Source of Payment – AAA We Make Time Home Care
Private Pay – We work with individuals and families who pay privately for Home Care Services. AAA We Make Time Home Care attempts to work within budgetary resources and customize our level of care to meet your Home Care needs.
Paying For Home Care
Home Care Services can be paid for directly by the client and his or her family members or through a variety of public and private sources of payment. Private third-party payors include Commercial Health Insurance Companies, Managed Care Organizations, TRICARE, and Workers’ Compensation. Our Care Staff will discuss your options with you and help determine which programs are available to you. If you have a long term care policy or qualify for an assistance program, we will help you complete the requisite claim forms and provide supporting documentation. Here’s some basic information to get you started:
Veterans and the surviving spouses of veterans may be eligible for some in-home care assistance from the Department of Veterans Affairs (VA) — either through health benefits offered to veterans or in the form of a monthly cash benefit through the VA Aid & Attendance Program. If your loved one is homebound, these benefits may be even higher.
Long-term Care Insurance
If your loved one has a long-term care (LTC) insurance policy, it may cover some costs of in-home care. Some LTC policies only pay home care benefits to a licensed home care agency or other licensed provider; others pay a set daily amount to the insured person who qualifies for the benefits (which means your loved one can spend that money on any caregiver he or she chooses, including family members).
Read through the LTC policy itself to see if there’s coverage for in-home care and what the payment terms are: when someone qualifies, for how much, and how the benefits are to be paid.
Life Insurance for Cash
If your loved one has a life insurance policy, you may want to look into whether it could provide money now to help pay for care instead of going to family members later. Cashing in a life insurance policy can sometimes provide a substantial amount of money to pay for in-home care. Certain life insurance policies can be cashed in with the insurance company itself for 50 to 75 percent of the policy’s face value, though some policies permit these “accelerated benefits” or “living benefits,” as they’re called, only if the policyholder is terminally ill.
Medicaid, or MediCal as it’s known in California, covers short-term in-home care for acute conditions, usually following rehabilitation, or a stay in a hospital or a skilled nursing facility. In addition, some (but not all) State Medicaid Programs cover a limited amount of long-term in-home care for persons who qualify.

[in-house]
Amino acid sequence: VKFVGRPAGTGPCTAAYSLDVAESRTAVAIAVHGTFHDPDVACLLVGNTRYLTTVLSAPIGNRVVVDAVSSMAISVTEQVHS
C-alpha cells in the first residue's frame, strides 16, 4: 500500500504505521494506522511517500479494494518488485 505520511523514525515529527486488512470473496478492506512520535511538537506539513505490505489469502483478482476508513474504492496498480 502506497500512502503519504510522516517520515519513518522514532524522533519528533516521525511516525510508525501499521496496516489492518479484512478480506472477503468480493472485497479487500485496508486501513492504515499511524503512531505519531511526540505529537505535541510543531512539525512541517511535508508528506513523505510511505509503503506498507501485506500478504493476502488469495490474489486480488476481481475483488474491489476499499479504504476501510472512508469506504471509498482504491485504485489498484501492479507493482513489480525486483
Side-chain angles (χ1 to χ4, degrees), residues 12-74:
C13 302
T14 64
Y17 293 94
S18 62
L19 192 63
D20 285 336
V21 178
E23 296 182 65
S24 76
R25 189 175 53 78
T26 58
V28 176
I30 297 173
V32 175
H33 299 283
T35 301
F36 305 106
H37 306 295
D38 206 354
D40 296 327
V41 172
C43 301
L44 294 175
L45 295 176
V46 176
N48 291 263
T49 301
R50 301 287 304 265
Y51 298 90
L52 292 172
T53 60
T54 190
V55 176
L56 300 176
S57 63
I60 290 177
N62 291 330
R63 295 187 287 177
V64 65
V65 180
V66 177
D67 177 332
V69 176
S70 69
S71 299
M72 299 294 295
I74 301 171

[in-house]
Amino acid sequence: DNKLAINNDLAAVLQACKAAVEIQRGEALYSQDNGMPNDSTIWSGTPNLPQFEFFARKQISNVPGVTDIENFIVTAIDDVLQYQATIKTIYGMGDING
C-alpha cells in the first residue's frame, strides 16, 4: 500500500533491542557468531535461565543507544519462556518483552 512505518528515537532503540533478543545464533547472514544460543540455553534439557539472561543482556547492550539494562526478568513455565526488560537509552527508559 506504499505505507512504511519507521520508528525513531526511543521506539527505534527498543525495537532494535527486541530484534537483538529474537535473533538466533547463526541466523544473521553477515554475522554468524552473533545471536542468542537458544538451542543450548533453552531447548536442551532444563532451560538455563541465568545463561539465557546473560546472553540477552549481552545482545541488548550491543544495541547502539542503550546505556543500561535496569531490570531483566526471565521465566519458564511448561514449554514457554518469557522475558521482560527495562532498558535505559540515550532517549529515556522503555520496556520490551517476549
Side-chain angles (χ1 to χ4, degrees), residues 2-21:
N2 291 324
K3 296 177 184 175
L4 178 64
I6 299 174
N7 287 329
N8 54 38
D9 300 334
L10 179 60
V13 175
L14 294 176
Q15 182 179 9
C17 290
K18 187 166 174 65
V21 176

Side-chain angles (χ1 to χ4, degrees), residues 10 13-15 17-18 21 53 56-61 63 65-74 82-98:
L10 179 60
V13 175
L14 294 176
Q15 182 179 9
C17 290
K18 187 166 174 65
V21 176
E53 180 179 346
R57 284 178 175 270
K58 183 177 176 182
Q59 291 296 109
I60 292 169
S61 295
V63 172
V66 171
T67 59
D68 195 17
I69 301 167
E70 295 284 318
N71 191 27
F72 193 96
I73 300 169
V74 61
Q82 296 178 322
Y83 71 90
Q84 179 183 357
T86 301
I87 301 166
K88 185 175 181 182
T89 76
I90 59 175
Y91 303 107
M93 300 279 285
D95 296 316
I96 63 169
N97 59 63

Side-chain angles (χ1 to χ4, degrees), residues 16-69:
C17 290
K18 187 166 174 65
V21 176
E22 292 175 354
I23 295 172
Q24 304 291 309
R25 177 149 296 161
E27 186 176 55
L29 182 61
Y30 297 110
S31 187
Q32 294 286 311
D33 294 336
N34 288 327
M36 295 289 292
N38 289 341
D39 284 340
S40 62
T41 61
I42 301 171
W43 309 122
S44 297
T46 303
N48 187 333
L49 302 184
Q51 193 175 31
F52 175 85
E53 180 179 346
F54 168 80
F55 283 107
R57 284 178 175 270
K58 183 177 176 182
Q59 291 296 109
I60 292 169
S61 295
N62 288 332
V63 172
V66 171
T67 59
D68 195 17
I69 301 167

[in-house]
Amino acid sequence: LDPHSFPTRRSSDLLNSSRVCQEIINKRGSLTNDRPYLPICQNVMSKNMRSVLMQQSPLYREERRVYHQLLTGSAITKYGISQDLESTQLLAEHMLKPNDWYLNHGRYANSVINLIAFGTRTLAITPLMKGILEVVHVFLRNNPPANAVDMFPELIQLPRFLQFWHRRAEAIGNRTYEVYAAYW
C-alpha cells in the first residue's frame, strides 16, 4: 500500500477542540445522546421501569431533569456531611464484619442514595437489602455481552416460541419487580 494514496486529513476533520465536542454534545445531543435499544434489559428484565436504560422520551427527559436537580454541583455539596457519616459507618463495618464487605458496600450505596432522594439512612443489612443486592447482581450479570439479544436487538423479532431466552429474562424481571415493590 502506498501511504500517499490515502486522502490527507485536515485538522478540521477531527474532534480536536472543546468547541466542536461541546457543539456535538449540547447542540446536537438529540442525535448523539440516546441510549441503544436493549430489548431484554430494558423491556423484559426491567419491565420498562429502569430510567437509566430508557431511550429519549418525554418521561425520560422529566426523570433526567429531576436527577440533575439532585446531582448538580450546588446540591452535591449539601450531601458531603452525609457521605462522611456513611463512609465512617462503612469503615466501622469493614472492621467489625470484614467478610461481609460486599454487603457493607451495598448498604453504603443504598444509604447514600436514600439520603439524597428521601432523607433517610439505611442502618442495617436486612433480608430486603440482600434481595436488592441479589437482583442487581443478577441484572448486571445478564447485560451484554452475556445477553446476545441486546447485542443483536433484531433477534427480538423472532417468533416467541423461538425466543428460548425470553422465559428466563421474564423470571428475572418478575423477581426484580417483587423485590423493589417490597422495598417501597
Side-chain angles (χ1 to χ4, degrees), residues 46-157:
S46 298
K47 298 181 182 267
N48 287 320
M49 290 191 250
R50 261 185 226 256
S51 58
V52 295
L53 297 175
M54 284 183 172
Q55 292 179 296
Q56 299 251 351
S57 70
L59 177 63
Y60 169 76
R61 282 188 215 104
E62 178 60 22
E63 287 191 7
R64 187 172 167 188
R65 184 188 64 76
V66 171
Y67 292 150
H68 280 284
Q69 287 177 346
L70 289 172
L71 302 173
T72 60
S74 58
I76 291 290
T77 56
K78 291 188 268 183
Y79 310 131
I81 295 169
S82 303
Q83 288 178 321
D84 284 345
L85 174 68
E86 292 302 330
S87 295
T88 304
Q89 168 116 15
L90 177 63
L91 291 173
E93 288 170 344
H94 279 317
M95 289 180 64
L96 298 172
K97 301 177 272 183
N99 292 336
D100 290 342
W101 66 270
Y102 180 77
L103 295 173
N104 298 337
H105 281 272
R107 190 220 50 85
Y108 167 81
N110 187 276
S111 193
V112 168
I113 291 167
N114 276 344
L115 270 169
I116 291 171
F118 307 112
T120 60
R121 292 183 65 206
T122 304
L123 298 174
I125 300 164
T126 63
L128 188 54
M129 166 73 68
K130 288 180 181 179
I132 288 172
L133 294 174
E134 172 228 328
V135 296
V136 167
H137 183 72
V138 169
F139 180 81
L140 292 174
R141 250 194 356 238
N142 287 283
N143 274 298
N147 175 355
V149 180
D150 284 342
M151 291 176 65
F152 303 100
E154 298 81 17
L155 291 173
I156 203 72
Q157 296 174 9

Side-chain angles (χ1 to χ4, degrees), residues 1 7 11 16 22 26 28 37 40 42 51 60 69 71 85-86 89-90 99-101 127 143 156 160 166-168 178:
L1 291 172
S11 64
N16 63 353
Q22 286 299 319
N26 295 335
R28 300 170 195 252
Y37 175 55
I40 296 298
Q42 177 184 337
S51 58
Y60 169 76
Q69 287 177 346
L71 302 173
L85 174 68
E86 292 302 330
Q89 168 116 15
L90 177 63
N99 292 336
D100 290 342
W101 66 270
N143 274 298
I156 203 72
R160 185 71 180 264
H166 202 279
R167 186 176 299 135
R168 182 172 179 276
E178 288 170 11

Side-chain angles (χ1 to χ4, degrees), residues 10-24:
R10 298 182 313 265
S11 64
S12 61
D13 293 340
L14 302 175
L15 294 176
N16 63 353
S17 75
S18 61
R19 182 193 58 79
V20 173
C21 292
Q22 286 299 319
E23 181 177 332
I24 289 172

In California, the In-Home Supportive Services (IHSS Program) will help pay for services provided to help seniors remain safely in their own home. To be eligible, you must be over 65 years of age, or disabled, or blind. Disabled children are also eligible for IHSS. IHSS is considered an alternative to out-of-home care, such as nursing homes or board and care facilities. To find out about eligibility and coverage for in-home care, contact the IHSS Office in your county or your local Area Agency on Aging.
Note: Neither traditional Medicare nor Medicare Advantage plans cover long-term in-home care, but both do cover short-term in-home care for acute conditions, usually following rehabilitation, or a stay in a hospital or a skilled nursing facility.
The relatively new Program of All-Inclusive Care for the Elderly (PACE) provides comprehensive home and community care for frail elders who would otherwise require nursing home care. PACE is only available in certain areas of some States, and eligibility is restricted to low-income seniors, usually those eligible for both Medicare and Medicaid. To see if there’s a PACE program operating where you live, and, if so, how to contact the program, see the Medicare official website list of PACE programs.
Use personal and family assets
Like most families, you’ll probably have to rely on your loved one’s and other family members’ personal assets to pay most in-home care costs. There are several ways personal and family assets can be used help pay for in-home care, including tapping into the equity in your loved one’s home and gathering contributions from those family members who aren’t actively helping with daily care.
In addition to public benefits, private insurance, and personal assets, you may want to explore some other avenues to help fund paid in-home care, including assistance from local churches, high schools or colleges, and adult daycare centers.